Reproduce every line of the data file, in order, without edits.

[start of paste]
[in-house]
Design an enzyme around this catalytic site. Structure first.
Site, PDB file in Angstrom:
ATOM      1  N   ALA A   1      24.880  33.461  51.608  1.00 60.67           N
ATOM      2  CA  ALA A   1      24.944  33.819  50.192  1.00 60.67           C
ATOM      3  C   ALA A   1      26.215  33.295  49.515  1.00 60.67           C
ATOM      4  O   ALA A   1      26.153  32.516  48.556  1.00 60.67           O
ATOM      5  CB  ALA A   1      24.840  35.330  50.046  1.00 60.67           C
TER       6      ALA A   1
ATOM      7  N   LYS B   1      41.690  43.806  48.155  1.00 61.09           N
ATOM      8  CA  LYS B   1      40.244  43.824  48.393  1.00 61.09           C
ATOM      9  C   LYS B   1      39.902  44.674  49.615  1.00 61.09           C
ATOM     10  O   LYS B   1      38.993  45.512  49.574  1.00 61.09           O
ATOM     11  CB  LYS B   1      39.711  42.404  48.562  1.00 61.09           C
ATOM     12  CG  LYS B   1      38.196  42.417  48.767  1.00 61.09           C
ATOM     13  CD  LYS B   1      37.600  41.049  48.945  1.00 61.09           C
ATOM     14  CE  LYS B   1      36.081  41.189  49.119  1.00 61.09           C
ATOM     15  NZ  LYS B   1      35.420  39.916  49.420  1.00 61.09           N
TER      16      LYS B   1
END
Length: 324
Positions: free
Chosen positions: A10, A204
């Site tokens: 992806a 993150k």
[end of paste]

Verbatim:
[in-house]
Design an enzyme around this catalytic site. Structure first.
Site, PDB file in Angstrom:
ATOM      1  N   ALA A   1      24.880  33.461  51.608  1.00 60.67           N
ATOM      2  CA  ALA A   1      24.944  33.819  50.192  1.00 60.67           C
ATOM      3  C   ALA A   1      26.215  33.295  49.515  1.00 60.67           C
ATOM      4  O   ALA A   1      26.153  32.516  48.556  1.00 60.67           O
ATOM      5  CB  ALA A   1      24.840  35.330  50.046  1.00 60.67           C
TER       6      ALA A   1
ATOM      7  N   LYS B   1      41.690  43.806  48.155  1.00 61.09           N
ATOM      8  CA  LYS B   1      40.244  43.824  48.393  1.00 61.09           C
ATOM      9  C   LYS B   1      39.902  44.674  49.615  1.00 61.09           C
ATOM     10  O   LYS B   1      38.993  45.512  49.574  1.00 61.09           O
ATOM     11  CB  LYS B   1      39.711  42.404  48.562  1.00 61.09           C
ATOM     12  CG  LYS B   1      38.196  42.417  48.767  1.00 61.09           C
ATOM     13  CD  LYS B   1      37.600  41.049  48.945  1.00 61.09           C
ATOM     14  CE  LYS B   1      36.081  41.189  49.119  1.00 61.09           C
ATOM     15  NZ  LYS B   1      35.420  39.916  49.420  1.00 61.09           N
TER      16      LYS B   1
END
Length: 324
Positions: free
Chosen positions: A10, A204
């Site tokens: 992806a 993150k």